The Plight of the Monarch Butterfly-and What We Are Doing About It!
Every November, millions of monarch butterflies arrive at the Oyamel fir forests in central Mexico, where they migrate to survive through the winter, but in just the last few years, the numbers of butterflies making it to Mexico has dropped sharply.
Deforestation in Mexico has eliminated a number of former colony sites and others have been badly degraded so as to reduce the shelter and water available to wintering butterflies. In the United States, 6000 acres are converted to development each day, eliminating milkweeds needed by monarch larvae and nectar sources required by adult monarchs. In addition, chemically intensive agriculture and roadside management by excessive mowing and use of herbicides have also eliminated monarchs and their milkweed hosts. An finally, the erratic climate swings have wrecked havoc with the butterflies habitat.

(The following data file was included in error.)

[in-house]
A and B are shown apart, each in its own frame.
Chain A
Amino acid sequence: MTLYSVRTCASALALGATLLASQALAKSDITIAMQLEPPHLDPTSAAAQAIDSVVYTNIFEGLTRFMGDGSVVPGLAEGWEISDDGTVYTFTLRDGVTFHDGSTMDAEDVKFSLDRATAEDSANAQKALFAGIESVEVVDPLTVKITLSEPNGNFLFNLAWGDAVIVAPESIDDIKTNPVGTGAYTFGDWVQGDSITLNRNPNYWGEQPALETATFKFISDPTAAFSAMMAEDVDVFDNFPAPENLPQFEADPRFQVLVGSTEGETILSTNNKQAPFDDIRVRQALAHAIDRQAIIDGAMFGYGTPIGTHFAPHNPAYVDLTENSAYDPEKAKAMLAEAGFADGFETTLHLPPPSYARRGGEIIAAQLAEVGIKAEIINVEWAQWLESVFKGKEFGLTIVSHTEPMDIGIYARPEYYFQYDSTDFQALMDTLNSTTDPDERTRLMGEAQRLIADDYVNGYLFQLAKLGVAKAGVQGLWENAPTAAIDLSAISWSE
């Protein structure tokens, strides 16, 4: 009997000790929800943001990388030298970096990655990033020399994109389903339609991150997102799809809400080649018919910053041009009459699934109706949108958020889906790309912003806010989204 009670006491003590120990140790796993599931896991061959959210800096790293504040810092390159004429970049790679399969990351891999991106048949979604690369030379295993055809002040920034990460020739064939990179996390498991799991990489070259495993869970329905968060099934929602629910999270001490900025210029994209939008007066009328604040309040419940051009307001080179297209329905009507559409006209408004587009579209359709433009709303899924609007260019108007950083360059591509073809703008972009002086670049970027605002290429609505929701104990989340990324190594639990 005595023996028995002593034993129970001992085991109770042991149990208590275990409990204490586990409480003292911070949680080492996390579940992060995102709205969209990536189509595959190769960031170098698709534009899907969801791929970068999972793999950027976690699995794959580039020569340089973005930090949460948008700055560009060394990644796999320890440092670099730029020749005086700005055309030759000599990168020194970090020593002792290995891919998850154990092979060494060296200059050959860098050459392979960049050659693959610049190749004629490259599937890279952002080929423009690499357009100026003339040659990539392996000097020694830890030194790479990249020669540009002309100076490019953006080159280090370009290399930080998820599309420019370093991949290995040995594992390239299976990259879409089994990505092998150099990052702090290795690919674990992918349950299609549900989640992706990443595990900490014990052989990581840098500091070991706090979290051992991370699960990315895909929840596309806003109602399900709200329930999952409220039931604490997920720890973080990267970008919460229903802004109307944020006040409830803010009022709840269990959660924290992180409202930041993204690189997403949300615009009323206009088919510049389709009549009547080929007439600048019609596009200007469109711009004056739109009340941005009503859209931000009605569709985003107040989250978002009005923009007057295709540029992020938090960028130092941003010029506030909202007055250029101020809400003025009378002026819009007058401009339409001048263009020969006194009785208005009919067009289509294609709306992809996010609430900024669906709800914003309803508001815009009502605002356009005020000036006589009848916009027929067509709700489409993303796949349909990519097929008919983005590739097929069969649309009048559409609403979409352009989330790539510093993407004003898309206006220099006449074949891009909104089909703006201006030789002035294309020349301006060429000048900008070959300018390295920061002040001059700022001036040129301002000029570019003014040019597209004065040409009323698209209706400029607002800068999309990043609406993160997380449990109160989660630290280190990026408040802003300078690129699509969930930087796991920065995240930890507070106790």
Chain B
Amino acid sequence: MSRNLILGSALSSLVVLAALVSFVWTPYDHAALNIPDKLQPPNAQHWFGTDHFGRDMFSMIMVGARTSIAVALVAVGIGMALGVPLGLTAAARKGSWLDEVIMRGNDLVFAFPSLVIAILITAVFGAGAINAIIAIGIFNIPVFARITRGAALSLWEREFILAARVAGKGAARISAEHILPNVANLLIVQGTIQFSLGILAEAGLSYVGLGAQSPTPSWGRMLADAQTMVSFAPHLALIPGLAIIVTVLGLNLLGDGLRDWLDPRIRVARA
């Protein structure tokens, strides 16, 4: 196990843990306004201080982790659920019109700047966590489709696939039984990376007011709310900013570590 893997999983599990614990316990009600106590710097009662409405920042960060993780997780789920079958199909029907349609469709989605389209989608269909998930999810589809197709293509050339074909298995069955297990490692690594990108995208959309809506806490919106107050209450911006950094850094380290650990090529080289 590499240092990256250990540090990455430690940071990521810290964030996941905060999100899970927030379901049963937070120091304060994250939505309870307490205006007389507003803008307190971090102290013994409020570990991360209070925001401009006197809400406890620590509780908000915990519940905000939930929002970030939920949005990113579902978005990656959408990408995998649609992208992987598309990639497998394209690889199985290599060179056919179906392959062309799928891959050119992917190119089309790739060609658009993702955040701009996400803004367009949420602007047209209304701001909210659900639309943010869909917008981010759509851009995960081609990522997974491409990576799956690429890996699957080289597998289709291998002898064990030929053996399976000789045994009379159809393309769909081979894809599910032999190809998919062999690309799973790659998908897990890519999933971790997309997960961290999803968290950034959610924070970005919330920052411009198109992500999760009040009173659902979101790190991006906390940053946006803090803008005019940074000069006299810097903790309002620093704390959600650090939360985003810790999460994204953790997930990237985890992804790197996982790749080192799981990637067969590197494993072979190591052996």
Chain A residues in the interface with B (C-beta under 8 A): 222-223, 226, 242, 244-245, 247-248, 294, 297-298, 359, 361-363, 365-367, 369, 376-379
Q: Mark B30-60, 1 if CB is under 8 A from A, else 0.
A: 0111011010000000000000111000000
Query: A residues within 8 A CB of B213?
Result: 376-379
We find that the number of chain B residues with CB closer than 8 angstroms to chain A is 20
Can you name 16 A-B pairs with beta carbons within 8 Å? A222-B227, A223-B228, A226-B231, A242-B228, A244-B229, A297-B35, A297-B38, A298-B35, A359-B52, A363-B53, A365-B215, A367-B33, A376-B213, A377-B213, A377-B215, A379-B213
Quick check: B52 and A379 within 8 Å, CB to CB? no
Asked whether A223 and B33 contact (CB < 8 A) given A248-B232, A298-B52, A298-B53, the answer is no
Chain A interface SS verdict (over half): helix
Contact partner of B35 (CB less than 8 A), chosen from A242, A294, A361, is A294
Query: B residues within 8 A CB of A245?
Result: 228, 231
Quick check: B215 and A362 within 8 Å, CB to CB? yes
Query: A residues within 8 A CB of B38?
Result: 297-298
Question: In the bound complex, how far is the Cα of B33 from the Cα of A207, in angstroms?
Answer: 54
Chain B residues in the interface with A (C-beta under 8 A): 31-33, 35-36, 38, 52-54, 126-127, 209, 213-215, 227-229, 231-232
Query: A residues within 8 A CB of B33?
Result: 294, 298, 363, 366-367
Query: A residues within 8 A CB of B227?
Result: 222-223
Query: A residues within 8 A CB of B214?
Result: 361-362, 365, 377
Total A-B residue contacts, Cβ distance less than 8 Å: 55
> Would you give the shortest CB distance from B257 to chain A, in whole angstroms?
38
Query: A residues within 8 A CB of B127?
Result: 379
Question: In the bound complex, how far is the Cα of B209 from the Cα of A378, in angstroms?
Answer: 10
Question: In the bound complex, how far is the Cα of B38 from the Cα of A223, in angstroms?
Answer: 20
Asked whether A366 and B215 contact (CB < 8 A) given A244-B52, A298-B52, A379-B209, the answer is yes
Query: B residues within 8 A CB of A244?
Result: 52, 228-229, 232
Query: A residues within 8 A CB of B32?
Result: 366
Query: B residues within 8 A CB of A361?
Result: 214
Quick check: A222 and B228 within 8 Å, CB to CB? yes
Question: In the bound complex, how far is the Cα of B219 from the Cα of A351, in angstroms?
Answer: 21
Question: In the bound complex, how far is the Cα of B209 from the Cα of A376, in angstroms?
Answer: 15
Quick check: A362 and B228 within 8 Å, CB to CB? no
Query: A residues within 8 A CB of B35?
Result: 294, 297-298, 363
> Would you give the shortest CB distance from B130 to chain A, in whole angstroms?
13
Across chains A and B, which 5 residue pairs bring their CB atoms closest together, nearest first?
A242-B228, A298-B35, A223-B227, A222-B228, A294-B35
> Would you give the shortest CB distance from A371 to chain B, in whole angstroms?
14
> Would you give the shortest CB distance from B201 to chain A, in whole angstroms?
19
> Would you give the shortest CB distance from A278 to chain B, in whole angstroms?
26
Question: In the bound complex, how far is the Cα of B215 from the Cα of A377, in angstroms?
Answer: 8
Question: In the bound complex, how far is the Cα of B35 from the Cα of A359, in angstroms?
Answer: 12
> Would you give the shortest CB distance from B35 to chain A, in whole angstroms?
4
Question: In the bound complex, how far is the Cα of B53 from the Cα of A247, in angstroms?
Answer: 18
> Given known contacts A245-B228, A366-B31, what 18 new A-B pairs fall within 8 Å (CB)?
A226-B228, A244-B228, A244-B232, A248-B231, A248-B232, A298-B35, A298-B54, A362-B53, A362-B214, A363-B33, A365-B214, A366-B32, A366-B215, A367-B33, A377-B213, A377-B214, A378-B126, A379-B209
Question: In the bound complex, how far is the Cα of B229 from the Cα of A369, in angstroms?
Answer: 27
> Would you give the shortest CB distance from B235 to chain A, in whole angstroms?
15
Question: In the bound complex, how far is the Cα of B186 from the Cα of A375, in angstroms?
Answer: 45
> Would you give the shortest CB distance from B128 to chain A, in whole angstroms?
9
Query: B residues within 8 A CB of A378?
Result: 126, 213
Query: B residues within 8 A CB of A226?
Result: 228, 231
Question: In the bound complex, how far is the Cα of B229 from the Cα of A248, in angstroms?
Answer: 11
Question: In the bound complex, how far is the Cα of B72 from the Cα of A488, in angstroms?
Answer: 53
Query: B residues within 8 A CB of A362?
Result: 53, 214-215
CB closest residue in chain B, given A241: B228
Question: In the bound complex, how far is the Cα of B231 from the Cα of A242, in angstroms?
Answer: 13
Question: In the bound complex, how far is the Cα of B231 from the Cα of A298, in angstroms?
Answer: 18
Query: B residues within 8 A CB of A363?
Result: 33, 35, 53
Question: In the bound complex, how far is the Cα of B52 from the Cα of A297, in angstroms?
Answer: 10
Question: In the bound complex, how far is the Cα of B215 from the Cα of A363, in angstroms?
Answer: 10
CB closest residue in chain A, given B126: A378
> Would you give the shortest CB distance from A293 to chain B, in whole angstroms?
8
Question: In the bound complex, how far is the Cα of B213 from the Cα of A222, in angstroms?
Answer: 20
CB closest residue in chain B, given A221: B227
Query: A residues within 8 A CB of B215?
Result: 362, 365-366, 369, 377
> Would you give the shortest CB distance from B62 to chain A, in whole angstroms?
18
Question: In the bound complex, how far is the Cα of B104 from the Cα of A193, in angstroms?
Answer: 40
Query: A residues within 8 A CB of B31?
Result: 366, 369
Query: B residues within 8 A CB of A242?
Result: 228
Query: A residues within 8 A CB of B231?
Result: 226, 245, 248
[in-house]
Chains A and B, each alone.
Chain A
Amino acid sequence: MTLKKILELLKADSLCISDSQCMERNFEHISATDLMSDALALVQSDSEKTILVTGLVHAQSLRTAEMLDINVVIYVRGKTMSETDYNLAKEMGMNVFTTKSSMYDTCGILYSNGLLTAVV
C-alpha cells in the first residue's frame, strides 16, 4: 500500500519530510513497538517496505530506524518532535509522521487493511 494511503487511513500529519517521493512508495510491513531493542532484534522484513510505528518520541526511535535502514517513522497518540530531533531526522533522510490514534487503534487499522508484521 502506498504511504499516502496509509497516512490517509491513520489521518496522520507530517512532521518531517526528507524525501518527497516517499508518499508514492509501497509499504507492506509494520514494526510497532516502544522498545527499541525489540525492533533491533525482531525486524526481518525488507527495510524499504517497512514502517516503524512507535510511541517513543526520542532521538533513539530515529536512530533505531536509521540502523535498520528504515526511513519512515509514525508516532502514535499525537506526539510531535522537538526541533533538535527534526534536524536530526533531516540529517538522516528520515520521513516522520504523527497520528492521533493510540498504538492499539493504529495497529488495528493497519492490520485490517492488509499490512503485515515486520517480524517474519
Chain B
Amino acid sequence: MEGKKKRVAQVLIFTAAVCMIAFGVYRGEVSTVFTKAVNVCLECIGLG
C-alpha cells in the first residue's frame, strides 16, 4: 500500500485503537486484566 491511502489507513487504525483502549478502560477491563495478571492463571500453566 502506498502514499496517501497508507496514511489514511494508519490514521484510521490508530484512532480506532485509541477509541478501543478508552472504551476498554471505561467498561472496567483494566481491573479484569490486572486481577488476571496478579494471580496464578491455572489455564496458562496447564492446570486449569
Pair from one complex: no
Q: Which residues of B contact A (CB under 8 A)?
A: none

Join us at the YMCA Earth Day on Sunday, April 27th and again on Saturday, May 10 from 9-11 at the Milford Garden Club Plant and Bake Sale. We'd love to talk with you about what you can do about increasing the habitat for the Monarch and will be handing out free packets of milkweed and other? seeds.
Monarch Butterfly Awareness Handouts-Information for Planting (Printer-Friendly)
Monarch Watch-a nonprofit educational outreach program with excellent information on the Monarch Butterfly.
WorldWildLife.org-excellent facts about the monarch butterfly. Learn about what the WWF is doing to help preserve the butterfly.How to Grow Milkweed for Monarchs
Updated May 6, 2014